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admitted adopted allow already American amount appears authority bank become benefit bill called carried cause character charter Circuit circulation committee common compact condition Congress consider consideration Constitution continue course Court created currency danger decide doubt duties effect England entirely equal established evil executive exercise existing express favor feel foreign gentleman give given granted ground hand honorable hope House important individuals interest judge judgment lands legislature less look maintain manufactures matter means measure ment nature necessary object occasion operation opinion original party passed political practice present President principles produce proper proposed protection provision question reason received referred regard Representatives require resolution respect result seems Senate sentiments South Carolina supposed thing thought tion trade true Union United vote whole
Page 342 - I have not allowed myself, Sir, to look beyond the Union, to see what might lie hidden in the dark recess behind. I have not coolly weighed the chances of preserving liberty when the bonds that unite us together shall be broken asunder. I have not accustomed myself to hang over the precipice of disunion, TO fee whether, with my short sight, I can fathom the depth of the abyss below...
Page 476 - Do in the name and in behalf of the People of Virginia declare and make known that the powers granted under the Constitution being derived from the People of the United States may be resumed by them whensoever the same shall be perverted to their injury or oppression...
Page 501 - Whereas it is necessary for the support of government, for the discharge of the debts of the United States, and the encouragement and protection of manufactures, that duties be laid on goods, wares, and merchandises imported: Be it enacted, etc.
Page 455 - Canada acceding to this Confederation, and joining in the measures of the United States, shall be admitted into, and entitled to all the advantages of this Union: but no other colony shall be admitted into the same, unless such admission be agreed to by nine states.
Page 200 - With the movements in this hemisphere we are of necessity more immediately connected, and by causes which must be obvious to all enlightened and impartial observers. The political system of the allied powers is essentially different in this respect from that of America...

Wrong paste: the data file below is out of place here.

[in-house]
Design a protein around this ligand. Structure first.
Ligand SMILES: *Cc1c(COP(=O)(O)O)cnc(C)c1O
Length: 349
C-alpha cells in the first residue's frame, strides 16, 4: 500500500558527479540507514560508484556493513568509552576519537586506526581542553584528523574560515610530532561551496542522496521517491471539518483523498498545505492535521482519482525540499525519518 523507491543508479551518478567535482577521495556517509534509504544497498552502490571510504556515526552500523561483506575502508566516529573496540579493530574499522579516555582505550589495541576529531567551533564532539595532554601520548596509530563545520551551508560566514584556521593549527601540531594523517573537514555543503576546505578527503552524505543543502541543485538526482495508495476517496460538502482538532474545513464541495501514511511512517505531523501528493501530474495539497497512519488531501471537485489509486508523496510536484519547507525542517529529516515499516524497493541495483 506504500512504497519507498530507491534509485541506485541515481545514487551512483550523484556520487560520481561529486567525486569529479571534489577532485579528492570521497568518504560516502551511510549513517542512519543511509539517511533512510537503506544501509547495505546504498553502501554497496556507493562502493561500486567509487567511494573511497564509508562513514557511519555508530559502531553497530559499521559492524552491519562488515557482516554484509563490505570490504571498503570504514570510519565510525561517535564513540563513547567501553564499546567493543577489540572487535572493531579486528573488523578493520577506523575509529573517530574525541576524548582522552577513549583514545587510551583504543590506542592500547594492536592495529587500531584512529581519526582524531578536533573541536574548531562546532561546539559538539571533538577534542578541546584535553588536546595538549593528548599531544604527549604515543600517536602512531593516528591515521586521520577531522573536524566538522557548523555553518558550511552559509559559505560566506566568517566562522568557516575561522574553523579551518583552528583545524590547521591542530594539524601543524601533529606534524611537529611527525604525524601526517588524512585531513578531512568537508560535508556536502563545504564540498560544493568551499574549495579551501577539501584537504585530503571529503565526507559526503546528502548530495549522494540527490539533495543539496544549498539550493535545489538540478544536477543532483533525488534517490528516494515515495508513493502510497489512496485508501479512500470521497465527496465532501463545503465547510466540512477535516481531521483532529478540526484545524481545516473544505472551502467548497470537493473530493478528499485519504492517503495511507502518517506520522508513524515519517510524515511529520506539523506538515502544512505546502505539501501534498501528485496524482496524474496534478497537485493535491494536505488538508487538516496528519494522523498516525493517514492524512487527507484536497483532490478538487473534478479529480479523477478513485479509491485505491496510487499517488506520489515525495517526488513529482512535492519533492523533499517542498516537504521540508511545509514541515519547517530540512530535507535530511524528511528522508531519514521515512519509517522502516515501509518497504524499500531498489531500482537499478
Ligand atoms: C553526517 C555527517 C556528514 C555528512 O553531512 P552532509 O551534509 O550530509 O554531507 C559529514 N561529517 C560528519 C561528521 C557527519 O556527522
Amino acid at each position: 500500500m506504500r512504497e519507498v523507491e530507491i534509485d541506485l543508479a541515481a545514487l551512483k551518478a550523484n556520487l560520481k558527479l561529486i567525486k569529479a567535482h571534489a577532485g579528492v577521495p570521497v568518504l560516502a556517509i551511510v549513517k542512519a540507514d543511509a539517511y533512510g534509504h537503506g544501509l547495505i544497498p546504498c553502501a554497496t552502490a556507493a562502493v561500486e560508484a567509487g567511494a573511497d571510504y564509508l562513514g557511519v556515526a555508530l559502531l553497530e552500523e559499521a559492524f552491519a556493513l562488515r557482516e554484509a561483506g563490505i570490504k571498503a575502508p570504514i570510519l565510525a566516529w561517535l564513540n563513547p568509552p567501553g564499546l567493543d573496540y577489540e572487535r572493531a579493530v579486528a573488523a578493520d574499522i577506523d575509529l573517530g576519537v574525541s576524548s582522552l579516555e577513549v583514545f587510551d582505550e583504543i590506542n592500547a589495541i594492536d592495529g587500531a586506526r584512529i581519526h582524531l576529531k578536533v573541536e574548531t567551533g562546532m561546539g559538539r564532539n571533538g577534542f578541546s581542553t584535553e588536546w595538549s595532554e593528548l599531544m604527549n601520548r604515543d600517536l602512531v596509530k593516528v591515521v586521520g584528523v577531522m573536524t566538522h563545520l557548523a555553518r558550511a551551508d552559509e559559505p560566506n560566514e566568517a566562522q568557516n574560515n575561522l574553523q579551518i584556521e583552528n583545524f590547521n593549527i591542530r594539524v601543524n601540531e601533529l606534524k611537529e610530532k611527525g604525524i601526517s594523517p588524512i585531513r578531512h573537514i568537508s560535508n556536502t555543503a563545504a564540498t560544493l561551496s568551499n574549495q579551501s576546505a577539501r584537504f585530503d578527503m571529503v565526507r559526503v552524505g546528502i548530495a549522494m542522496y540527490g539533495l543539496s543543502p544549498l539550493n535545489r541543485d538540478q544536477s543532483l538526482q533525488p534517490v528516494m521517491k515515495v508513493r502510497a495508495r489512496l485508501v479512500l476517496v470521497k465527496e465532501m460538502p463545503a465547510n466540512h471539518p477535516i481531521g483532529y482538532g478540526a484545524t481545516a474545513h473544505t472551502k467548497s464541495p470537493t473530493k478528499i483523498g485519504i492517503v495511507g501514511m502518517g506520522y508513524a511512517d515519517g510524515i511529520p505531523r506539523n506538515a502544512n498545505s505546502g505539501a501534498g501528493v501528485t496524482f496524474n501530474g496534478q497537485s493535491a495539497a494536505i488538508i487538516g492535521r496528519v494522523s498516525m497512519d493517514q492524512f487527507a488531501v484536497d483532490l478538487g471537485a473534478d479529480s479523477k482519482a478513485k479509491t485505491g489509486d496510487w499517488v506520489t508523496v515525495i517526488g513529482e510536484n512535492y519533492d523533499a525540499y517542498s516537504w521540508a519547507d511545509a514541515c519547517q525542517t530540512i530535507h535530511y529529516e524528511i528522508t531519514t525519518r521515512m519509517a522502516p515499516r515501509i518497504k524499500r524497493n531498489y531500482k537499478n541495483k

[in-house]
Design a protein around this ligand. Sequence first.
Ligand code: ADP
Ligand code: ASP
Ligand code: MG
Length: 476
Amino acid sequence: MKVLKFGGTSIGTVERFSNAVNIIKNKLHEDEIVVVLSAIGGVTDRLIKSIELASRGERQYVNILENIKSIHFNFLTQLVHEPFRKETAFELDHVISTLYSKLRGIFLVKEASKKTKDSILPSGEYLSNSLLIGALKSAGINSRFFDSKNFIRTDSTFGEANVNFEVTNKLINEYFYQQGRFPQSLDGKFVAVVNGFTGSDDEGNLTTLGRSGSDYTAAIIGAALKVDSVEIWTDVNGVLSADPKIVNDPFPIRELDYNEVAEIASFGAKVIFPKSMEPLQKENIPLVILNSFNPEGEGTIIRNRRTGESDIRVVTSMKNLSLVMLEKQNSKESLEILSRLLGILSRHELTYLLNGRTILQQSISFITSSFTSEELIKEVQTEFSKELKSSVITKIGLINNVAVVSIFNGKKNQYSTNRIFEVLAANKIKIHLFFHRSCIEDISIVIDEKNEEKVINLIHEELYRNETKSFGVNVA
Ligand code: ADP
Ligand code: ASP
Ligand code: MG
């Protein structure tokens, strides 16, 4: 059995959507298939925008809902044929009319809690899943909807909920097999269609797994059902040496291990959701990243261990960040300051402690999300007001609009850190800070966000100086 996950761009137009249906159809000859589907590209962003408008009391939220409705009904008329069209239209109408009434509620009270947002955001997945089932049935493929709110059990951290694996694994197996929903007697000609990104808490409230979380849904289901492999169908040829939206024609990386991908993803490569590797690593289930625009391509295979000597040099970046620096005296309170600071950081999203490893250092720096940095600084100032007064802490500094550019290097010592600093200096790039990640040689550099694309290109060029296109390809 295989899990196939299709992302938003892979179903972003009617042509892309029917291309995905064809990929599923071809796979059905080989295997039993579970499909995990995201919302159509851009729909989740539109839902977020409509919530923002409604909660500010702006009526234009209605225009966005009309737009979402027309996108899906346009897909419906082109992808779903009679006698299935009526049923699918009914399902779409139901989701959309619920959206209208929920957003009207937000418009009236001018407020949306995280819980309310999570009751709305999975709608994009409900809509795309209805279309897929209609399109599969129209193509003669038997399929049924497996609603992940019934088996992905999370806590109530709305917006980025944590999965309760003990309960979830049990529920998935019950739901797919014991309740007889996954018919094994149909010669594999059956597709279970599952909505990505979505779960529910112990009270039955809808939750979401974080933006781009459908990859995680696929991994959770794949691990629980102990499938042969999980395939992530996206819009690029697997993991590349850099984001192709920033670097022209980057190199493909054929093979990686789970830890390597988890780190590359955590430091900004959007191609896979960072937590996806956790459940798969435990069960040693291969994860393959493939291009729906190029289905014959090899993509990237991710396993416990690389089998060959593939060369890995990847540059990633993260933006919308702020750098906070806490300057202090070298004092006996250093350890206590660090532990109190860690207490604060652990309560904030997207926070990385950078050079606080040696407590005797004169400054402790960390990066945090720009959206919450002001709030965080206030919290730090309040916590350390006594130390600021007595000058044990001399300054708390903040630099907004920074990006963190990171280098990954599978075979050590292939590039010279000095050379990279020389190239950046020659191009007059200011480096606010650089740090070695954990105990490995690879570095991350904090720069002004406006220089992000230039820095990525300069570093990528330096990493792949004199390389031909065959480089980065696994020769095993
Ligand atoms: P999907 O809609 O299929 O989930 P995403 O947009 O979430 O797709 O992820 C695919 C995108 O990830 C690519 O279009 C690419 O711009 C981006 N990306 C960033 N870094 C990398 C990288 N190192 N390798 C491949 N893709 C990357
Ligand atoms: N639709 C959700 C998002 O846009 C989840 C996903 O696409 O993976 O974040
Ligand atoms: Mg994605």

Page 340 - Gentlemen do not seem to recollect that the people have any power to do any thing for themselves ; they imagine there is no safety for them any longer than they are under the close guardianship of the state legislatures. Sir, the people have not trusted their safety, in regard to the general constitution, to these hands. They have required other security, and taken other bonds. They have chosen to trust themselves, first, to the plain words of the instrument, and to such construction as the government...
Page 255 - September last, shall be disposed of for the common benefit of the United States and be settled and formed into distinct republican States, which shall become members of the Federal Union and have the same rights of sovereignty, freedom and independence as the other States...
Page 498 - To grant patents for useful inventions. "To secure to authors exclusive rights for a certain time. "To establish public institutions, rewards, and immunities for the promotion of agriculture, commerce, trades, and manufactures.
Page 332 - I must call it, which the honorable member espouses, this Union would, in all probability, have been scattered to the four winds. I ask the gentleman, therefore, to apply his principles to that case ; I ask him to come forth and declare whether, in his opinion, the New England States would have been justified in interfering to break up the embargo system, under the conscientious opinions which they held upon it.
Page 270 - When the mariner has been tossed for many days in thick weather, and on an unknown sea, he naturally avails himself of the first pause in the storm, the earliest glance of the sun, to take his latitude, and ascertain how far the elements have driven him from his true course.